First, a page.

Adopt the Golden Rule Not Golden Ratio

Looking for perfect proportion or magic golden ratio to measure beauty? Well, remember the Golden Rule that beauty is in the eye of the beholder

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Is everything chaos and chance?  The Greeks deeply influenced Western philosophy by elaborating a consistent system of numbers and proportions. Their aim was to measure order and harmony in human life, nature and the finest art.

The meaning of numbers

Pythagoras first defined musical harmony, the intervals between notes, by the lengths of strings of the Lyre. While both are actually inversely proportional, he opted not to use the tone frequencies.  Interestingly, rhythm (Rhythmos) and number (Arithmos) share the same root: rheîn = to flow. 

Plato then generalized the geometric proportion to all forms of aesthetic under a broader Metaphysic. For him, “Numbers are the highest degree of Knowledge.” Furthermore, “All these kinds of things received their shapes from the Ordering One, through the action of Ideas and Numbers.”  

For the Pythagoreans, numbers have meaning. Five and the Ten are the most important ones. 

  • Five is the number of Love. You obtain five by uniting Two, the first even – female – number, and Three, the first odd greater than one – male – number.  Later, five became the symbol of humanity represented by the regular pentagon or pentagram. 
  • Ten, or the Decagon, symbolizes the universe. It was chosen as it is the sum of the first four numbers. Ten is equal to 1, the spiritual level, plus 2, the number for woman, plus 3, the number for man, plus 4, the four elements (Earth, Air, Water and Fire).
Plato and Aristotle discussing the Golden Rule
Plato is dear to me, but dearer still is truth — Aristotle

The math behind the Golden Ratio, or Divine Proportion

With the geometric representation comes the calculation of proportions. In turn, proportions allow for measurements and the idea, still very modern, that you can model the ultimate harmony of the world. Some intellectuals and mathematicians believe that a unique proportion exists in everything. This proportion is called the Golden Ratio, or sometime the Divine Proportion.

The Golden Ratio is calculated as follows:

  • A geometrical proportion exists when “things” share similar relations, e.g. (a/b = c/d)
  • Such proportion is called continuous when b = c. In this case, the proportion is reduced to three terms: (a/b = b/c).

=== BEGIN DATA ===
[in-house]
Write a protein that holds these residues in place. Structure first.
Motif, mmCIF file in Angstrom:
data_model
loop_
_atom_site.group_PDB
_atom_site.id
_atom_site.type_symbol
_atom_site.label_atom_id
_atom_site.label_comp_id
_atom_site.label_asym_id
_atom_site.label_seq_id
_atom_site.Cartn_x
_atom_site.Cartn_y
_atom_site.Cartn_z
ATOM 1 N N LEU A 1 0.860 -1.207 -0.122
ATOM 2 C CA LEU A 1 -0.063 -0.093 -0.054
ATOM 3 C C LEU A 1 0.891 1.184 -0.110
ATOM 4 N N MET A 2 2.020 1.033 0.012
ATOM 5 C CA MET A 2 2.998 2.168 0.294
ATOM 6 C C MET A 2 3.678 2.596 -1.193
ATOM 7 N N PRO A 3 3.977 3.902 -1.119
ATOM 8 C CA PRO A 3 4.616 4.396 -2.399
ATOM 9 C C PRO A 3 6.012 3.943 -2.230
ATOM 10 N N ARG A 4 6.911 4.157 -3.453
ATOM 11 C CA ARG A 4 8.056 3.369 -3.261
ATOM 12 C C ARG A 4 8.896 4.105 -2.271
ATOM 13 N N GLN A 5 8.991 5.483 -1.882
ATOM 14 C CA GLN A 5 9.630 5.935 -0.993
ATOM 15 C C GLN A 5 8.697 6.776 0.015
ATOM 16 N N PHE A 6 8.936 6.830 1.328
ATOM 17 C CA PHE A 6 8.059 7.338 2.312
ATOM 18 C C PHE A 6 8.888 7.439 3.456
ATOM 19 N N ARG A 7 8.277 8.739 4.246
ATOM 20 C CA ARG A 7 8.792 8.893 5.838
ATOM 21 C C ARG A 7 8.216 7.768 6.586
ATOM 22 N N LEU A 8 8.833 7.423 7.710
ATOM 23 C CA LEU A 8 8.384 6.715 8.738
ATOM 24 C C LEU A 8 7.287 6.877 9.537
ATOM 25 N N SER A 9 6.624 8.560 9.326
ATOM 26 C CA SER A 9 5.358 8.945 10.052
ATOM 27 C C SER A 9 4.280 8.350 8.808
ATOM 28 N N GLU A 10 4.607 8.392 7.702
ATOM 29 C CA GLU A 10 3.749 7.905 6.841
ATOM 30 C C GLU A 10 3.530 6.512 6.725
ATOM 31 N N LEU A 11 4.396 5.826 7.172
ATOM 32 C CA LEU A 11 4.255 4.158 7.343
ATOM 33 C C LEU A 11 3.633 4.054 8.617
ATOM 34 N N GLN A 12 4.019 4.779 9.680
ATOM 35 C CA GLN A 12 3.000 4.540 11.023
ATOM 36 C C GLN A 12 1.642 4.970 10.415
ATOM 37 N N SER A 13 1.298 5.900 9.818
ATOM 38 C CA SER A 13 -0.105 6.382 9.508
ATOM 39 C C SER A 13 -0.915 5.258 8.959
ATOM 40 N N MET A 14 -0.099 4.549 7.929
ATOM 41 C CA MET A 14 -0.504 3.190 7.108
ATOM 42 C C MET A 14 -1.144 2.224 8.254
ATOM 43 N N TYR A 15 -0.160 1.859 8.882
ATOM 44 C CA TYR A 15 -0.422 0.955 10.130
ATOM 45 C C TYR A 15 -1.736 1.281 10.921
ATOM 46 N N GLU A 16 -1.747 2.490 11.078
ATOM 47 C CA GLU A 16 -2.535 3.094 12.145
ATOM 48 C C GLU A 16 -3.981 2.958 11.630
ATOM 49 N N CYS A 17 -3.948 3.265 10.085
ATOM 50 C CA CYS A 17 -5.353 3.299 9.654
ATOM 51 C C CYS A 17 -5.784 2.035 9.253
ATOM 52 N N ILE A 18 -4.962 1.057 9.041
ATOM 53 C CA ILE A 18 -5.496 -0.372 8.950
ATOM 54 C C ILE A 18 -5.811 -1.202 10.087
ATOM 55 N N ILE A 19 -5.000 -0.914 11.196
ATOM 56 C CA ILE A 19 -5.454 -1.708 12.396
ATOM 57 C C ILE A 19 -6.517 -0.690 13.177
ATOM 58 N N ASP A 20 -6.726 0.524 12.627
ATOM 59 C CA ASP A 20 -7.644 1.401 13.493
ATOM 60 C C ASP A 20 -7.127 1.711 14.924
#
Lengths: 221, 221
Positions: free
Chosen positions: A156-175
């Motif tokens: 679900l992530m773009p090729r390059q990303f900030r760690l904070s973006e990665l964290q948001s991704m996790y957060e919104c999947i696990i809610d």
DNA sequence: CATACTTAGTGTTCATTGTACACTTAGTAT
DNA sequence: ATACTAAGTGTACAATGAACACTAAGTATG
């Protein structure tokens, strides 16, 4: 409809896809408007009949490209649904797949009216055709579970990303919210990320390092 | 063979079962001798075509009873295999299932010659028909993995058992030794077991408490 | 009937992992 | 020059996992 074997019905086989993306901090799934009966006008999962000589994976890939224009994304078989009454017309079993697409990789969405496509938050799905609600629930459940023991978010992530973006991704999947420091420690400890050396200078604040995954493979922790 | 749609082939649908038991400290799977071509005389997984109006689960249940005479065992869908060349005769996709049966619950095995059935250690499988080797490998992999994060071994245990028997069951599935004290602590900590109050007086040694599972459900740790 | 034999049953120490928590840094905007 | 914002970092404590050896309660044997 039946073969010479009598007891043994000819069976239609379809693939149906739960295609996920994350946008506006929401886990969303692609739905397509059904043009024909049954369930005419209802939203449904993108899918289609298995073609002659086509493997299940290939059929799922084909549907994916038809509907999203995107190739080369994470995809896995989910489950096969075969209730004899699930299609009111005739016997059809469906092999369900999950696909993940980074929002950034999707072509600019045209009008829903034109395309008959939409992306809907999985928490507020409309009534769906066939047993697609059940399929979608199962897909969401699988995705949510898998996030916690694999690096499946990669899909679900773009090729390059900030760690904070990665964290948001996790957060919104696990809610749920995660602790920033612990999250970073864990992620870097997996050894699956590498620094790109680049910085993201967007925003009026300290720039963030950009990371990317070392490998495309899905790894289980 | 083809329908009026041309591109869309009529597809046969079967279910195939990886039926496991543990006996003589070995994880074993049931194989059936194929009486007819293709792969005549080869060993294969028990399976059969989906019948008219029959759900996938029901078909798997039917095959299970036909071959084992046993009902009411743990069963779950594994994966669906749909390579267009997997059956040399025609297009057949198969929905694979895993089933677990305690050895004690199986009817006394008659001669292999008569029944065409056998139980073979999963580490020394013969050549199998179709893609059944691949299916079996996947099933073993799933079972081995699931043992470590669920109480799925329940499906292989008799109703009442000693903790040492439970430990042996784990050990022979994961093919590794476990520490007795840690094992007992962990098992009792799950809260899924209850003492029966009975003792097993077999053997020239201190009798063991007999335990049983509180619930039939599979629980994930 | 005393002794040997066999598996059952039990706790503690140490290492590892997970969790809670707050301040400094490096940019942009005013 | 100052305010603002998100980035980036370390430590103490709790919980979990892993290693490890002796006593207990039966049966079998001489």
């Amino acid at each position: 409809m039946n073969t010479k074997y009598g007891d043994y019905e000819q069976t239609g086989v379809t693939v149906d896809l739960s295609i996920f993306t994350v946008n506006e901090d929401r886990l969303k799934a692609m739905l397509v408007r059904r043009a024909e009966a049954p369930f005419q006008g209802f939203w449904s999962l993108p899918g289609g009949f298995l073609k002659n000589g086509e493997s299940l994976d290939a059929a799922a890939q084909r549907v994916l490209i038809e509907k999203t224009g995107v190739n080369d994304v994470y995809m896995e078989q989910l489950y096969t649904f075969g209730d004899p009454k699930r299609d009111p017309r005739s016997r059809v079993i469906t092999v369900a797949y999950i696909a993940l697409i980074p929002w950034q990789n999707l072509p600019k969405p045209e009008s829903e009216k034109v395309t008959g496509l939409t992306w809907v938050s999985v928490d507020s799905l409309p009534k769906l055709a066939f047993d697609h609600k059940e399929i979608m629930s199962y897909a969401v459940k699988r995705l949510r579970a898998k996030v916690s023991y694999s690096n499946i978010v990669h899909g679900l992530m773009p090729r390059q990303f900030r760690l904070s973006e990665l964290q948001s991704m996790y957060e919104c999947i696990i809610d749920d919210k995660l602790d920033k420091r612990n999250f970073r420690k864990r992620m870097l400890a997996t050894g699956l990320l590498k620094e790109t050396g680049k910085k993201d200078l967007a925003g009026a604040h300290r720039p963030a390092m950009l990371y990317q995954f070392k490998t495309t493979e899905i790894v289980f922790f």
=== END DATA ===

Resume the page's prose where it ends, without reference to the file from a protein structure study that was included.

• Assuming c = a+b provides a further simplification to 2 terms, i.e. (a/b = b/(a+b))
    or (b/a)2 = (b/a)+1. (b/a) is the Golden Ratio and is usually represented by Φ.
  • The solution to the [Φ2 – Φ – 1 = 0] quadratic equation is Φ = (1+√5)/2 = 1.618. 
Golden rule for golden ratio calculation
A good decision is based on knowledge and not on numbers — Plato

The Golden Rule is to treat others as one wants to be treated.

Approximation of this ratio has been discovered in some living forms. That is the case for the optimum angle between leaves or branches on a stem to obtain the maximum exposure to vertical light. 

There are also claims that the human body integrates some Golden ratio proportions.  For instance, the bones of the fingers approximate a diminishing series of three terms (1, 1/Φ and 1/Φ2). As a result, the longest bone is approximately equaled to the sum of the two following ones.  However, there are no normalized way to make the measurement and, more often than not, the sizing is stretched to confirm the initial theory.

All this becomes very scary when the golden ratio is used to measure beauty, especially in human face.  Can a mathematical model really define beauty? Is a fixed proportion aesthetically pleasing?  Admittedly, we are again losing common sense and bow in front of this powerful cult that has survived millennia.

In reality, Beauty is in the eye of the beholder. You don’t want to judge others’ beauty in ways that you would not like your own to be judged!  Follow the golden rule, not the golden ratio.

Soundtrack for Golden Rule:

Based on bar 58 to 61 of Mozart's Sinfonia Concertante in E flat (Andante) in homage to Michael Nyman who first used this idea for his Drowning by Numbers score.

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